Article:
When we get back in the car, “Well… that was alright,” I say.
“Mmm,” Tau agrees, half-heartedly, and mumbles something about going home.
“Ok, we’re going back home now, and we’ll talk to your dad and -”
“No, I said I don’t wanna go home,” Tau tells me.
“Oh,“ I say, “What do you wanna do?”
He shrugs. “Dunno,” and then, “It doesn’t matter…”
“Yes it does… Tau, what do you feel like doing?”
“What are you doing?” says Tau, tentatively.
“Well, I’m gonna go talk to your dad, like we said we would – and then go back to school.”
“Can I come with you?” he asks.
“Of course you can, if you want to.”
Tau finally relaxes, and I see him stretch out. I laugh, saying “Are you sure? It won’t be exciting. My class have to write their test.”
“Allgood Miss, I’ll just come with you – I can just sit with you.”
Scott thanks me, saying awkwardly, “Things haven’t been easy for Tau. There’s been… a lot of problems, with his home life.”
“I know,” I say, softly. “I know there’s problems, but you’ve raised a very good boy.”
There is a feeling of openness in the room, as we look at Tau’s lovely and modest face.
In the car, Tau says, “My dad was nice to you.”
“He was,” I agree.
“But he’s like that just to certain people – the rest of the time he’s not,” Tau says. “He gave my mum a hiding last night, beat her up right out on the road.”
“I thought you said he was ok at the moment – taking his medication.”
“It hasn’t arrived yet,” says Tau. “He’s drinking. Did you see his glass?”
“I didn’t notice,” I reply, truthfully.
At school, “Miss,” Tau says to me again. “I don’t wanna go to that course and spend a day there.”
“Tau,” I tell him, “I promise, if you don’t like it, you won’t have to do the course. We could find something else. And no matter what happens – I won’t just leave you there and forget about you.“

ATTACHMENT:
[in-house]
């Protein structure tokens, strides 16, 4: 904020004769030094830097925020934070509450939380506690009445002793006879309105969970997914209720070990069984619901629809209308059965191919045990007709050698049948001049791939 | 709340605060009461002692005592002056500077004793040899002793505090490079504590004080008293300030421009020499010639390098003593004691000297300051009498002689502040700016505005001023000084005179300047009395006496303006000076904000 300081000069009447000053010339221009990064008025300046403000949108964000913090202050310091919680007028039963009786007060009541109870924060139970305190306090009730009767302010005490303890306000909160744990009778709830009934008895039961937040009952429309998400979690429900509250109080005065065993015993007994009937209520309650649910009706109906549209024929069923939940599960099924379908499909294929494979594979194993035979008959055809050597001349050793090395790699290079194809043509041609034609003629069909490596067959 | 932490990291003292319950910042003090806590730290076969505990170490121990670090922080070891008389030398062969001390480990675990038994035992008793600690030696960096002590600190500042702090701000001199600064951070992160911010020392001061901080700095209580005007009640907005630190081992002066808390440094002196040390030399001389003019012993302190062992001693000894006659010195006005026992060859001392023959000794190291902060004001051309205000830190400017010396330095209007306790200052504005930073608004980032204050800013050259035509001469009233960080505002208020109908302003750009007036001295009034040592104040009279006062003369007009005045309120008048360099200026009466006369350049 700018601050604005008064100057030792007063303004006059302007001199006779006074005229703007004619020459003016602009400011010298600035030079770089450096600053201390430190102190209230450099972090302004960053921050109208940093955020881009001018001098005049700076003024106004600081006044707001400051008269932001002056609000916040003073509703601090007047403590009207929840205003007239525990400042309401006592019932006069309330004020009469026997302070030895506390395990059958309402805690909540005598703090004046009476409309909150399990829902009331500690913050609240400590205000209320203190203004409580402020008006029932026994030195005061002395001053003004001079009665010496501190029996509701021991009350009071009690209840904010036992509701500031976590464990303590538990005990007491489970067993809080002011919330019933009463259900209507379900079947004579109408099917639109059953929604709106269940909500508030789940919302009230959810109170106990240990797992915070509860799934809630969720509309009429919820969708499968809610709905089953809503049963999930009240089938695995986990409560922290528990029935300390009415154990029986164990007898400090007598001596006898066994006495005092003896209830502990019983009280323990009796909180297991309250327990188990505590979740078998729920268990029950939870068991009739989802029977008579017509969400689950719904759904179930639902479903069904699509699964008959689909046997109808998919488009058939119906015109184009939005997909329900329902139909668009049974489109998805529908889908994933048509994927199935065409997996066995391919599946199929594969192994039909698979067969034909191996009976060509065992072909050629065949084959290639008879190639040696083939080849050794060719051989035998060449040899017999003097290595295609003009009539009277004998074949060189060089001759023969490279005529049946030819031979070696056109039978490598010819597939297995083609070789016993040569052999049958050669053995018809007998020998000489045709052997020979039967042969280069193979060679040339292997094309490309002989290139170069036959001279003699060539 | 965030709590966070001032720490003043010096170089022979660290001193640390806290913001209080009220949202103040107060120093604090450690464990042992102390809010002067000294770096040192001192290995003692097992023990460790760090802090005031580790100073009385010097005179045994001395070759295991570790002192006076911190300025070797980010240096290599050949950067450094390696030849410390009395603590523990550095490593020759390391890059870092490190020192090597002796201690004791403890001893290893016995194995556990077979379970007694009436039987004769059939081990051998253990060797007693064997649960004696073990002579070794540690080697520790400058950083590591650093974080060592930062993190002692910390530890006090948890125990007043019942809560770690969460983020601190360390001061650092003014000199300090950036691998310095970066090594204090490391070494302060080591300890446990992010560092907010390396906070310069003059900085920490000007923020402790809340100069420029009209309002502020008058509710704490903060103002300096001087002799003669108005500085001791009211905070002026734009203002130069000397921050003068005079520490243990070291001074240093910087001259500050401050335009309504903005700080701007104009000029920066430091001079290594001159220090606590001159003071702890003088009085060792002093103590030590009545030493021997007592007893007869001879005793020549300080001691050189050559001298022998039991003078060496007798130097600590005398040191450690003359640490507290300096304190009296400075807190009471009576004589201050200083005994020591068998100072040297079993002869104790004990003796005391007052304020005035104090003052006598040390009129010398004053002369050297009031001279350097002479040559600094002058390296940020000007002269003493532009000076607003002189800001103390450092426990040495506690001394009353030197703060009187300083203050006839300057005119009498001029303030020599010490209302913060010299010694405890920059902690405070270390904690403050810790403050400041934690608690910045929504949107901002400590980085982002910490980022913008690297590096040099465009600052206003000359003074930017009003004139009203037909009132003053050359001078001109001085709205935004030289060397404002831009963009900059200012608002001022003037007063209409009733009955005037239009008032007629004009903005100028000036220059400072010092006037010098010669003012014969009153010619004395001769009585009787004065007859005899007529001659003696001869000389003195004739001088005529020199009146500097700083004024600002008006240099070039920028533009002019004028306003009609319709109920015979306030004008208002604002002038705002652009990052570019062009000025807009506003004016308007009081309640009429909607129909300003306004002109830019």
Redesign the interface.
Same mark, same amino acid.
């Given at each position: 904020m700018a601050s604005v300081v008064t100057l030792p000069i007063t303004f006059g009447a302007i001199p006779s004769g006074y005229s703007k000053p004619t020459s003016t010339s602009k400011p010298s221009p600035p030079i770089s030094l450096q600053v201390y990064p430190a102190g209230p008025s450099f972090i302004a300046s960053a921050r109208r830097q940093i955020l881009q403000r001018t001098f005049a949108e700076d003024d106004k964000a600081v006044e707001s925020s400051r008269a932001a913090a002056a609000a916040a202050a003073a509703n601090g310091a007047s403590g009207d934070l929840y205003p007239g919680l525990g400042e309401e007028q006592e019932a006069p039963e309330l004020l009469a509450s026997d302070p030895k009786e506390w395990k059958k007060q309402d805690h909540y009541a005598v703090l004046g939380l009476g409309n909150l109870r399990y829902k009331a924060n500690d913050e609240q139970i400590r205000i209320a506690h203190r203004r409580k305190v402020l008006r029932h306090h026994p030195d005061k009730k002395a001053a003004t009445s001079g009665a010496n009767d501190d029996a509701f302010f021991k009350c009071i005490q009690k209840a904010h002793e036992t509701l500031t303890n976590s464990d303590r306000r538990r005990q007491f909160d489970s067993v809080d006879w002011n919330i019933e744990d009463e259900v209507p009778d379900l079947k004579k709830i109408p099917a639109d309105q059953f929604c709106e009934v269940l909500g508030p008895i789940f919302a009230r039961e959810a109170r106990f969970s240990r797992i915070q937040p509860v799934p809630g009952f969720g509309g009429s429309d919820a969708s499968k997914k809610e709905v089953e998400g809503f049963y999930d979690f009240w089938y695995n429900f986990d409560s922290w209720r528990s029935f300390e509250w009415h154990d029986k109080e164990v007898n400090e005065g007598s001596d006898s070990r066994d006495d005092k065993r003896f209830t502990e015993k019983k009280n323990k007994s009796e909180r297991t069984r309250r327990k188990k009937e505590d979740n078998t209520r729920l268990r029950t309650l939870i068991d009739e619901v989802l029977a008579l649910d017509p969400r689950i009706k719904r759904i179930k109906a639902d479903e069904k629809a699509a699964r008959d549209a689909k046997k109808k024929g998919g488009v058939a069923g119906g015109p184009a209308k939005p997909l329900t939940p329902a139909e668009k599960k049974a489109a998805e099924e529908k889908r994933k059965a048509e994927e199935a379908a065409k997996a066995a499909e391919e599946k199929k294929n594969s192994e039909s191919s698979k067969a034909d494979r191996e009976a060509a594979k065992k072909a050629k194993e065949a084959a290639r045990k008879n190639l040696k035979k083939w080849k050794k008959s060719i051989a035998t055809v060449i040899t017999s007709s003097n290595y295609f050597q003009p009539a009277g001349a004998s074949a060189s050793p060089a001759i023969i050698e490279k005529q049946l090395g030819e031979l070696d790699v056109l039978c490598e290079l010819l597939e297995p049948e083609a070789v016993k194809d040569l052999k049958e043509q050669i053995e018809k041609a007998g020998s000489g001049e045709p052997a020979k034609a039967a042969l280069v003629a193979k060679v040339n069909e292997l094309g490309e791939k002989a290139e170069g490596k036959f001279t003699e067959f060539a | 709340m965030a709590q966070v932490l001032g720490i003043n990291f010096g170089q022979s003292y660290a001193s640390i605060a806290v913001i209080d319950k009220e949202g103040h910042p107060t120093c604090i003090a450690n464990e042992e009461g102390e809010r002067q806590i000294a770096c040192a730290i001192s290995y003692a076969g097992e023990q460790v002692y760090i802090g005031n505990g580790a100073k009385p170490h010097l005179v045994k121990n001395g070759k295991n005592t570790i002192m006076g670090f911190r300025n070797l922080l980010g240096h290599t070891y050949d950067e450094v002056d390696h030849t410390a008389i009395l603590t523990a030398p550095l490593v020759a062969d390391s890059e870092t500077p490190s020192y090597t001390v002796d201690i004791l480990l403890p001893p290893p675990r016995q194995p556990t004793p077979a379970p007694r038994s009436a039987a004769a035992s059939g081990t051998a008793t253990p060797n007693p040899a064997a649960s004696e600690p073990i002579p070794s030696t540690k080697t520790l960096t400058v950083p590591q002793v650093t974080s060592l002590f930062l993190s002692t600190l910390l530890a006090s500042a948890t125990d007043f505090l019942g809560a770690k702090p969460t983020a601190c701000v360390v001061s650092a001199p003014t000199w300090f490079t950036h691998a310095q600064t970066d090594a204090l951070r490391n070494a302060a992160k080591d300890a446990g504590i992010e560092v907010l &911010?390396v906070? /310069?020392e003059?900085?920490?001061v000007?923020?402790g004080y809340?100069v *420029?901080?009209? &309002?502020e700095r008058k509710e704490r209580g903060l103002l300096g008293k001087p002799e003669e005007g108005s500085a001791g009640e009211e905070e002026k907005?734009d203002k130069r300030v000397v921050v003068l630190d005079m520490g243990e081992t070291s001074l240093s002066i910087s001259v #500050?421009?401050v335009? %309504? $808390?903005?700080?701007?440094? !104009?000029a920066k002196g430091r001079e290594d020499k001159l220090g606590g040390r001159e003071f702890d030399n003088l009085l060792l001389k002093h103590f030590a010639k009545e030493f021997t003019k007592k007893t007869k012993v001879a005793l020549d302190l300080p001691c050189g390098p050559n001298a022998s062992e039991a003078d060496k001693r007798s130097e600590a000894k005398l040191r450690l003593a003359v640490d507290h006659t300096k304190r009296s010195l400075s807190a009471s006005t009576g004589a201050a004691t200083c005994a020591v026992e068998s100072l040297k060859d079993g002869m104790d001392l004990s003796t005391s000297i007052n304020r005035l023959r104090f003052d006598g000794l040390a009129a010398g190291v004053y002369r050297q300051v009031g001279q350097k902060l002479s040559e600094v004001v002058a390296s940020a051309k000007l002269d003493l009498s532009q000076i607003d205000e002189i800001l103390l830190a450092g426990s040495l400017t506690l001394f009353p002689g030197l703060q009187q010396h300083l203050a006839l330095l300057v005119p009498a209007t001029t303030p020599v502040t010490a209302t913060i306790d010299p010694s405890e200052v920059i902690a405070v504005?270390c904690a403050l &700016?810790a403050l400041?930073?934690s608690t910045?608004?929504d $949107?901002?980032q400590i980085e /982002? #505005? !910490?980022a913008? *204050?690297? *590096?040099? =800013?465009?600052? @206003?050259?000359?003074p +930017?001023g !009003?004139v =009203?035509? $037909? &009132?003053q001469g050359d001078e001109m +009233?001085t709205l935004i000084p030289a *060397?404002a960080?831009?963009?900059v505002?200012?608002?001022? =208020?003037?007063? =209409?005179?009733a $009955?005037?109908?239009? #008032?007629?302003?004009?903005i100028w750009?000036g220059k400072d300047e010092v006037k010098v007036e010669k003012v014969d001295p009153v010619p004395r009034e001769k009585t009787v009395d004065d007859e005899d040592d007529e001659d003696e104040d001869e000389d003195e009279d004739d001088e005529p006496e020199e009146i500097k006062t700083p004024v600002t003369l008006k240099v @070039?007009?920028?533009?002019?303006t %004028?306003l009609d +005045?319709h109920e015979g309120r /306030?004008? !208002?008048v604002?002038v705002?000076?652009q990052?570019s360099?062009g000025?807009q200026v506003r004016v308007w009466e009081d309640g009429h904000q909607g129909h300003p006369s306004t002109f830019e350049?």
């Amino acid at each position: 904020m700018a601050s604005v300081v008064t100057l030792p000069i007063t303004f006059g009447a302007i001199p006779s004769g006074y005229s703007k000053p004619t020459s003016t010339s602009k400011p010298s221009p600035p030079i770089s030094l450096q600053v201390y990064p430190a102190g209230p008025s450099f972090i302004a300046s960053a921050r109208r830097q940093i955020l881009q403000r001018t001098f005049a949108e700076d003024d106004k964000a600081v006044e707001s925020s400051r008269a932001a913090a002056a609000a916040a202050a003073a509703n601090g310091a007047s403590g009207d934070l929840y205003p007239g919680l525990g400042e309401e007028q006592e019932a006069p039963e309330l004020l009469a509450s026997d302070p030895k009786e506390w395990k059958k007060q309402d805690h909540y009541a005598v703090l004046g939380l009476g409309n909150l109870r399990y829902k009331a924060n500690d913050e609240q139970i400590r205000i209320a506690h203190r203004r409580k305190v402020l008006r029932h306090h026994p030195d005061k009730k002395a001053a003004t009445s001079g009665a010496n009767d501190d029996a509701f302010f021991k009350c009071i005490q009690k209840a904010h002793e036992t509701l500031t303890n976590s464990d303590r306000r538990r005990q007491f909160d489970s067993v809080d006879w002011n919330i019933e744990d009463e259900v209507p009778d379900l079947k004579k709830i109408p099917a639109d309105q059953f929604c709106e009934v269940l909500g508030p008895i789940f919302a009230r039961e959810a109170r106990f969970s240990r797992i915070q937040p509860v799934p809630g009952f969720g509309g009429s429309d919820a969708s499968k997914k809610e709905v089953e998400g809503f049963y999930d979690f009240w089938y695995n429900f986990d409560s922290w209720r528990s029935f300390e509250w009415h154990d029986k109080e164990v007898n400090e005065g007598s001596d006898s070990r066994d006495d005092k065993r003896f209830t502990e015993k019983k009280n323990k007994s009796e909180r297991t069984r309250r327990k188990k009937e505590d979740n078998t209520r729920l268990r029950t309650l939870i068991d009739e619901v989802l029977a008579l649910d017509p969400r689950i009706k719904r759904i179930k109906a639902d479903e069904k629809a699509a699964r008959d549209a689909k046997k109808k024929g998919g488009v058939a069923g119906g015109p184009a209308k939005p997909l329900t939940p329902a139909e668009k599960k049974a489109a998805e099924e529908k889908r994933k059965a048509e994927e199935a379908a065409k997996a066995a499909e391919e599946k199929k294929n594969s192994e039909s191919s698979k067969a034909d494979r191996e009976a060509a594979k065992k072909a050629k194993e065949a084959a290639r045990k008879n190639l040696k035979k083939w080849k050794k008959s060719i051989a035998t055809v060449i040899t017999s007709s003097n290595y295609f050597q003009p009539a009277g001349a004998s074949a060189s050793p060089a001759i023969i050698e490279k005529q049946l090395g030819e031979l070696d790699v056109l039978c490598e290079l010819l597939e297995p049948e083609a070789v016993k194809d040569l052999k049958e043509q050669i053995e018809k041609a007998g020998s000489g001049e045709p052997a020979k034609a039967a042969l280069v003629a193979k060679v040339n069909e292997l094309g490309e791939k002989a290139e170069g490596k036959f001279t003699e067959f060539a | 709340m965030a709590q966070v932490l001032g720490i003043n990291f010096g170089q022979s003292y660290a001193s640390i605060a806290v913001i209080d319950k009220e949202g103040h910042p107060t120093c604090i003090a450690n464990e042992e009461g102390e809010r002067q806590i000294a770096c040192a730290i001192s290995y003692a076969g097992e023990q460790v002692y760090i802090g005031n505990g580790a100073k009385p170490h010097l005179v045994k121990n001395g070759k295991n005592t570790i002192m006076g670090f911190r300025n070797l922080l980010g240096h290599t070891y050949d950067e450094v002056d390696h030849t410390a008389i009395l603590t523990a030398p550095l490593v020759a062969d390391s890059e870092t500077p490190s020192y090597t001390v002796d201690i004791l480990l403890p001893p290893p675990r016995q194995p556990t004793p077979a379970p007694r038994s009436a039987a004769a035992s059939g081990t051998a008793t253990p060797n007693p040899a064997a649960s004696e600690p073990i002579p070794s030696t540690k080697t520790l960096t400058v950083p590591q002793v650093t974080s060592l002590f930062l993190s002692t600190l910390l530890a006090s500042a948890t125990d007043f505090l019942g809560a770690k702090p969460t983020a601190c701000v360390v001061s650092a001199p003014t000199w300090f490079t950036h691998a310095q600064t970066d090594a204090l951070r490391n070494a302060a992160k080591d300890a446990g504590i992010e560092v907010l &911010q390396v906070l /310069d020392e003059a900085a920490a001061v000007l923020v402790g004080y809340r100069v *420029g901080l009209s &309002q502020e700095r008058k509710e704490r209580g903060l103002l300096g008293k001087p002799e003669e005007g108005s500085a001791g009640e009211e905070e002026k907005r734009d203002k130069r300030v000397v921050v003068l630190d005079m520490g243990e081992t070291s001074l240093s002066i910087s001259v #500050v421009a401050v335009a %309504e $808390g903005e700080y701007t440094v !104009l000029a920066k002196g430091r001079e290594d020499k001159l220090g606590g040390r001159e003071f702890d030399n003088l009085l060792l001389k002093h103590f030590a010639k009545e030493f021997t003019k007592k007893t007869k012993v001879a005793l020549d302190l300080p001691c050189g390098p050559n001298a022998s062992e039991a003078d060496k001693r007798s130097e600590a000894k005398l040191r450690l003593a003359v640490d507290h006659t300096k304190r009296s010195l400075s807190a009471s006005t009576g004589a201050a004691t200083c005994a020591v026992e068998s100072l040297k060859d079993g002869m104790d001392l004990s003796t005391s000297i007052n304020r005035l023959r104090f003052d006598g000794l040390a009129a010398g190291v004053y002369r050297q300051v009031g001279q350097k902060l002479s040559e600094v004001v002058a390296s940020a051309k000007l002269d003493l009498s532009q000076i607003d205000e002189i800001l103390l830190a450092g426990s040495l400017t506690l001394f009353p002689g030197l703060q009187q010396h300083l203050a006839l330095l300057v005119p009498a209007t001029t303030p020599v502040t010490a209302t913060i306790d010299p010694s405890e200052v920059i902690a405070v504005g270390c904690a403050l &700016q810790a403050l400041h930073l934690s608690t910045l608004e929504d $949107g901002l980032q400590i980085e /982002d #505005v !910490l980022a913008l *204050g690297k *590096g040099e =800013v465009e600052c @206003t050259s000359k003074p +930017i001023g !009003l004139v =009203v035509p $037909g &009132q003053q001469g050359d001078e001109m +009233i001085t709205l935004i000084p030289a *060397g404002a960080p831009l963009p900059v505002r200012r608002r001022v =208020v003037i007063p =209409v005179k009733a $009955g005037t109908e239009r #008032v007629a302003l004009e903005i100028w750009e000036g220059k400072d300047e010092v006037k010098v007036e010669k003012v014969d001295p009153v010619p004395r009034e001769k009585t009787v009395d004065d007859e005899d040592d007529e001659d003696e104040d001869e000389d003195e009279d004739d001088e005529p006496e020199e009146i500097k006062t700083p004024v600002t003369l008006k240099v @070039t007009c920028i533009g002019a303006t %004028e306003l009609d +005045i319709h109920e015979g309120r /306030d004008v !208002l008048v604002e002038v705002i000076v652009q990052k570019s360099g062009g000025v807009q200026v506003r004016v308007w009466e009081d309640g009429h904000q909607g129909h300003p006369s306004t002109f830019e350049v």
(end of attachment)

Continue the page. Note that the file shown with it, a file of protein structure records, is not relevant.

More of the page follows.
He nods, and I go on, “I’m not gonna ditch you Tau, you can believe me, ok? It’d be just the same – only better.
And all afternoon he stays very quiet and close to me, just bent over my desk drawing, or on the laptop – while 12 History write their test. Every time I go near him, I’m struck by his air of complete trust in my person. As I lean over him and reach around him to get papers or open cupboards, he moves not a millimetre – his large and quiet shoulders remaining firmly in place as I work my way around them, feeling that he wants to know he can rest against me without any remark or surprise. Every now and then I give them a little touch or press on the way past, to tell him without words that I’m on his side. He gets that quiet and mellow look in his eyes, and his breathing becomes regular and slow.
12 History are calm as well. Dimario sits up front by Tau, saying quietly at the start, “Miss – shall I just sit here?”
“Yes, that would be good.”
“Shall I sit up here by someone I don’t like?” he goes on, casting an eye at Tau’s untroubled frame.
“Yes – you can just sit there and not worry about it,” I say, looking tenderly at both of them. And he does.
At the end of the day, as Tau is sorting out the test papers for me, I say to him, “Well – it was a bit boring having to sit through the assessment.”
“No,” he says at once. “It wasn’t,” And he looks at me with such an expression of placid and undisguised contentment that we both burst out laughing.